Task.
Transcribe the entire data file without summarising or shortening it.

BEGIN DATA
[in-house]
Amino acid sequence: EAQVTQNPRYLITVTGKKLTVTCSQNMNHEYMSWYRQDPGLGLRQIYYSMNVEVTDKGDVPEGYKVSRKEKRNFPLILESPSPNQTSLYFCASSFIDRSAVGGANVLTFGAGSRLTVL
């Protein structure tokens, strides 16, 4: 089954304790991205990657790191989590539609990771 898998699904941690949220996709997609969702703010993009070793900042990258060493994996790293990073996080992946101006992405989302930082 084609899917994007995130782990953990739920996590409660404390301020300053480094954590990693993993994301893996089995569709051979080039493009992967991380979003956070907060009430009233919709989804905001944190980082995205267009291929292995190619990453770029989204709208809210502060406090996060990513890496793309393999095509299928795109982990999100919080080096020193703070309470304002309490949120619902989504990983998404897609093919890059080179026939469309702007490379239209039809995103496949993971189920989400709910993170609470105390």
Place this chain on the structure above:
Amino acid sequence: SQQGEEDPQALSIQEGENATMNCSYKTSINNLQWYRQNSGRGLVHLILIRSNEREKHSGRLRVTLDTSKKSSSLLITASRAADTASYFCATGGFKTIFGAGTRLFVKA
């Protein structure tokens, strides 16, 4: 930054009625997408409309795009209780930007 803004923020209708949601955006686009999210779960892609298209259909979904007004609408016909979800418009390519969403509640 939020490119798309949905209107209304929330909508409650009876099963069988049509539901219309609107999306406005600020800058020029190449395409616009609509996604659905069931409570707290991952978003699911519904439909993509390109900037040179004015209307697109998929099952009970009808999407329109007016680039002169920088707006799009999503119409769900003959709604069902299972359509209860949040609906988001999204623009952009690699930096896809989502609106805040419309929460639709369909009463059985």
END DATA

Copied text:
[in-house]
Amino acid sequence: EAQVTQNPRYLITVTGKKLTVTCSQNMNHEYMSWYRQDPGLGLRQIYYSMNVEVTDKGDVPEGYKVSRKEKRNFPLILESPSPNQTSLYFCASSFIDRSAVGGANVLTFGAGSRLTVL
């Protein structure tokens, strides 16, 4: 089954304790991205990657790191989590539609990771 898998699904941690949220996709997609969702703010993009070793900042990258060493994996790293990073996080992946101006992405989302930082 084609899917994007995130782990953990739920996590409660404390301020300053480094954590990693993993994301893996089995569709051979080039493009992967991380979003956070907060009430009233919709989804905001944190980082995205267009291929292995190619990453770029989204709208809210502060406090996060990513890496793309393999095509299928795109982990999100919080080096020193703070309470304002309490949120619902989504990983998404897609093919890059080179026939469309702007490379239209039809995103496949993971189920989400709910993170609470105390």
Place this chain on the structure above:
Amino acid sequence: SQQGEEDPQALSIQEGENATMNCSYKTSINNLQWYRQNSGRGLVHLILIRSNEREKHSGRLRVTLDTSKKSSSLLITASRAADTASYFCATGGFKTIFGAGTRLFVKA
């Protein structure tokens, strides 16, 4: 930054009625997408409309795009209780930007 803004923020209708949601955006686009999210779960892609298209259909979904007004609408016909979800418009390519969403509640 939020490119798309949905209107209304929330909508409650009876099963069988049509539901219309609107999306406005600020800058020029190449395409616009609509996604659905069931409570707290991952978003699911519904439909993509390109900037040179004015209307697109998929099952009970009808999407329109007016680039002169920088707006799009999503119409769900003959709604069902299972359509209860949040609906988001999204623009952009690699930096896809989502609106805040419309929460639709369909009463059985």